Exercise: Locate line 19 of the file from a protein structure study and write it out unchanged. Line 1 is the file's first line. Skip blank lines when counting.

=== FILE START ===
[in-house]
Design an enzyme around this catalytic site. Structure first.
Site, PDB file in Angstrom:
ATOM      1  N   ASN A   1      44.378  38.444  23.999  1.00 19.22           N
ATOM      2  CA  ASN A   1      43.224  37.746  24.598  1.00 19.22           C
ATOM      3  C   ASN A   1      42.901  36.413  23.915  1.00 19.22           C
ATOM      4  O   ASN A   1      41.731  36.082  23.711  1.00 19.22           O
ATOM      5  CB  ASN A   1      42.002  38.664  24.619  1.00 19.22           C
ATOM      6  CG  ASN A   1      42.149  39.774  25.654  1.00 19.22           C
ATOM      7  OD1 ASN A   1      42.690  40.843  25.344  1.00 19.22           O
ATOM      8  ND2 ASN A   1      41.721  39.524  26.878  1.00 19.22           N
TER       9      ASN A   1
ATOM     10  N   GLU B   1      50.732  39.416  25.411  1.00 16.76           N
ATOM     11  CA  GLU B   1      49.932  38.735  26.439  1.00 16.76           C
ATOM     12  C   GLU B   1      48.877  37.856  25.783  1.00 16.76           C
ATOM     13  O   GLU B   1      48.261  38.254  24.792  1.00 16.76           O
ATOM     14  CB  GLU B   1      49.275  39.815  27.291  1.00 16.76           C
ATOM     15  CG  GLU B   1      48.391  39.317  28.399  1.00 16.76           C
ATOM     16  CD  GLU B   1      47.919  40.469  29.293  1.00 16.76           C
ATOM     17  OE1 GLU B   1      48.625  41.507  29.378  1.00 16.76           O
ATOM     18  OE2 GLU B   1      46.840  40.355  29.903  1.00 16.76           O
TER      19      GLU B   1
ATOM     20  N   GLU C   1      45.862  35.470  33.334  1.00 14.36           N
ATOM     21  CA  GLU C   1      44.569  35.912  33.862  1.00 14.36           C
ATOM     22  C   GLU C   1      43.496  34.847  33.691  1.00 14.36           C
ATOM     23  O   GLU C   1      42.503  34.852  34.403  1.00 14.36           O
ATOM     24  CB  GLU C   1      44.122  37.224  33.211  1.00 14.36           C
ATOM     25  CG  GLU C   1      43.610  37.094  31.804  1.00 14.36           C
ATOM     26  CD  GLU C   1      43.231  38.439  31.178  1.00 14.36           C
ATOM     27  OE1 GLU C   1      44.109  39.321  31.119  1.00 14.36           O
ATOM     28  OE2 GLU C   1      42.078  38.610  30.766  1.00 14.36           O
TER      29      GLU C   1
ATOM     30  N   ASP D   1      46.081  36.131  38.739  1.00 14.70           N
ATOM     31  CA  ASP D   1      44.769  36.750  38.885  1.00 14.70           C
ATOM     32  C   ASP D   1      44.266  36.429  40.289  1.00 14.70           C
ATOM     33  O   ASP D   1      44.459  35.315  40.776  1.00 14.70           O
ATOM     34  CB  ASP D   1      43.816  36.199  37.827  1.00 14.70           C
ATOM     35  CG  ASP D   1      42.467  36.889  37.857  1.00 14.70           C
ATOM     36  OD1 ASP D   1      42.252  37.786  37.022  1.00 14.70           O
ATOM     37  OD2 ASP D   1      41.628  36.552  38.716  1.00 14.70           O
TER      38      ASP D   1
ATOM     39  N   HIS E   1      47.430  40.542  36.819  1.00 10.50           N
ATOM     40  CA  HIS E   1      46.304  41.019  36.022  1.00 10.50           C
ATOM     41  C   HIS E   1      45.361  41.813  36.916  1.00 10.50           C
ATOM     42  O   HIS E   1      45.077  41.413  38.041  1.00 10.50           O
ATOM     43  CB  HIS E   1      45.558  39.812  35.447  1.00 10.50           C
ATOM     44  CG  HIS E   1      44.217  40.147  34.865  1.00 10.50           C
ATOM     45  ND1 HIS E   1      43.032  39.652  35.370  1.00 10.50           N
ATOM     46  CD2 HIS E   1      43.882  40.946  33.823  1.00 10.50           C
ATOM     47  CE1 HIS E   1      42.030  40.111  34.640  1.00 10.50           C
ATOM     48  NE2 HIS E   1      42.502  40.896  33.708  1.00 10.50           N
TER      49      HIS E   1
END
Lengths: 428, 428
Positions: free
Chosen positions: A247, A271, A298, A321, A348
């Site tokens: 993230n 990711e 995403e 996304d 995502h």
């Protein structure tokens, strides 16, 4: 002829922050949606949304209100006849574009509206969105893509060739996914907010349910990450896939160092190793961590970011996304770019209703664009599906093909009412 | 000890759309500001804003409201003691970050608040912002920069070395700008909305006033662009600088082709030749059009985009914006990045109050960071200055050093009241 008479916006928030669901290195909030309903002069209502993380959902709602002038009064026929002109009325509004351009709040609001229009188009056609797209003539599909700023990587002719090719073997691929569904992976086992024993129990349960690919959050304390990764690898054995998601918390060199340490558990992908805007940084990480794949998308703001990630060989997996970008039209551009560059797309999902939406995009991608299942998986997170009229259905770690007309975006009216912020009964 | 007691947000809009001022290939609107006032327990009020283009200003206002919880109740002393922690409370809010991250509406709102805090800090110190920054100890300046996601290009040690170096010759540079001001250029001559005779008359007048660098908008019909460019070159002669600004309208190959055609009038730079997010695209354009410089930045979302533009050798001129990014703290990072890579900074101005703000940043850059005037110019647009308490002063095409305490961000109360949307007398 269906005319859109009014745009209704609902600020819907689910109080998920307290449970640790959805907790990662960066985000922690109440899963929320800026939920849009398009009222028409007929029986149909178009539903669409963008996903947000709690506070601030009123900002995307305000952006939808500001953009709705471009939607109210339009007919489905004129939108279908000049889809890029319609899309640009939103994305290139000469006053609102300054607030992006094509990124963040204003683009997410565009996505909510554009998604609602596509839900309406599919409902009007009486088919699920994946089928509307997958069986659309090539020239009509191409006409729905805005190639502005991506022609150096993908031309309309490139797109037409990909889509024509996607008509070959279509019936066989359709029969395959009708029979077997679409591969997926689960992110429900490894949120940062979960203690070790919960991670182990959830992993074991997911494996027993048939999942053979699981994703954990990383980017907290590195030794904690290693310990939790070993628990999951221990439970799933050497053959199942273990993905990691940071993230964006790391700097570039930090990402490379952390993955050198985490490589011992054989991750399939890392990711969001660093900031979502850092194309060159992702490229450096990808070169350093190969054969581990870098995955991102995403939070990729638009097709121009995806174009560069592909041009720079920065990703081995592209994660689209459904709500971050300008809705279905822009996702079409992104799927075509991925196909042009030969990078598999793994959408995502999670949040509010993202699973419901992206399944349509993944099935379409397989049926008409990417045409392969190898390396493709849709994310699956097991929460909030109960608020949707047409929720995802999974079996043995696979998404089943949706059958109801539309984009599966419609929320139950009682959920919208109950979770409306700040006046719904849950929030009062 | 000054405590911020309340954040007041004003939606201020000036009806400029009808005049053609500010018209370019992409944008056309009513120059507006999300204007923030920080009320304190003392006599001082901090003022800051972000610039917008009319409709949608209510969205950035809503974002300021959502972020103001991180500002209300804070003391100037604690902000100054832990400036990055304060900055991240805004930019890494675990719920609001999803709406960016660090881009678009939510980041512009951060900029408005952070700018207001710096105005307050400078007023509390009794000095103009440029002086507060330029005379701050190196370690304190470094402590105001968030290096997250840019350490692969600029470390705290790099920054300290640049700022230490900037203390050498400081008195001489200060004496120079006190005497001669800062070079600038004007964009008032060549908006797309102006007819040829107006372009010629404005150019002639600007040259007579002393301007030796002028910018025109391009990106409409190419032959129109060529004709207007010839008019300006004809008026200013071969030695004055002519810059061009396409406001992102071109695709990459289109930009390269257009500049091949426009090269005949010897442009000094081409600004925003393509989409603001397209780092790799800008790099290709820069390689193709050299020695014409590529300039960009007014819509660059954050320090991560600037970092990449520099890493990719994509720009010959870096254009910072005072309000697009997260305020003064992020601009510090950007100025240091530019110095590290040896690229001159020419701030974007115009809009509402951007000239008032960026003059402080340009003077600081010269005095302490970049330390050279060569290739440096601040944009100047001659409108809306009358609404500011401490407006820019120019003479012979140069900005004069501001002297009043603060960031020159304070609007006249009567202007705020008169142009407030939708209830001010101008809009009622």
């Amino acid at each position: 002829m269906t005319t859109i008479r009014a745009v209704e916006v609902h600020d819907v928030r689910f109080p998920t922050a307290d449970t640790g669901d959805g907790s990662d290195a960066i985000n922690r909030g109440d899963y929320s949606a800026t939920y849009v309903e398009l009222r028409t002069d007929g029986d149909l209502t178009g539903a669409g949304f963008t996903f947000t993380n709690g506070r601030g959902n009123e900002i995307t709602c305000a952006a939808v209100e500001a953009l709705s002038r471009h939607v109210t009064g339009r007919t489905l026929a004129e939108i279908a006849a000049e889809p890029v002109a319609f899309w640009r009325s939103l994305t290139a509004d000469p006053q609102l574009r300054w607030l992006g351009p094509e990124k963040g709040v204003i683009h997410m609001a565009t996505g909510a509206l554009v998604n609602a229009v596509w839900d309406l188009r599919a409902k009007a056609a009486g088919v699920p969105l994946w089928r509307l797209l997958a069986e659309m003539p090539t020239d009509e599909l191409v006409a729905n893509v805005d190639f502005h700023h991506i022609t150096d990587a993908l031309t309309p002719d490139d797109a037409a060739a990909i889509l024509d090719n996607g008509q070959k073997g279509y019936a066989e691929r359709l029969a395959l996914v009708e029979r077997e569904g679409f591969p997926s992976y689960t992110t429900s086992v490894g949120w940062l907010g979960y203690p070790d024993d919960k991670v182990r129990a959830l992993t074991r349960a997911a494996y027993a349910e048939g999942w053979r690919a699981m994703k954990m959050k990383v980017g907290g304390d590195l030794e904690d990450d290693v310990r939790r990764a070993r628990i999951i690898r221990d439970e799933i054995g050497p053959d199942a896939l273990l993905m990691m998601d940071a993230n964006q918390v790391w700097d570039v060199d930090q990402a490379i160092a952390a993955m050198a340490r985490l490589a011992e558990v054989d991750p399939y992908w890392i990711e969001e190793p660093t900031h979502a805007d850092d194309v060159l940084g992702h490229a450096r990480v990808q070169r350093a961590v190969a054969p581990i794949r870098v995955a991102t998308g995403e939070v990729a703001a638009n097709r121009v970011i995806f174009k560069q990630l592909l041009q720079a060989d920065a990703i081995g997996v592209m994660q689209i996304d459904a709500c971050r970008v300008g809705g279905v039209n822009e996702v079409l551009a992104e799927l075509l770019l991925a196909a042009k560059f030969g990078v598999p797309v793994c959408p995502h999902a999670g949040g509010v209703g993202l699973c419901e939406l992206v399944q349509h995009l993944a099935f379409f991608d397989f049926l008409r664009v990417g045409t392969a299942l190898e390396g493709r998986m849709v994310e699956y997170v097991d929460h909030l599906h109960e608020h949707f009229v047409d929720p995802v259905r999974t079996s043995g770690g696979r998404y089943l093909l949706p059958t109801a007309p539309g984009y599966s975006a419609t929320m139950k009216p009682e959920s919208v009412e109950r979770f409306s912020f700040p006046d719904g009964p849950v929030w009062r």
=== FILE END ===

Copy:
ATOM     16  CD  GLU B   1      47.919  40.469  29.293  1.00 16.76           C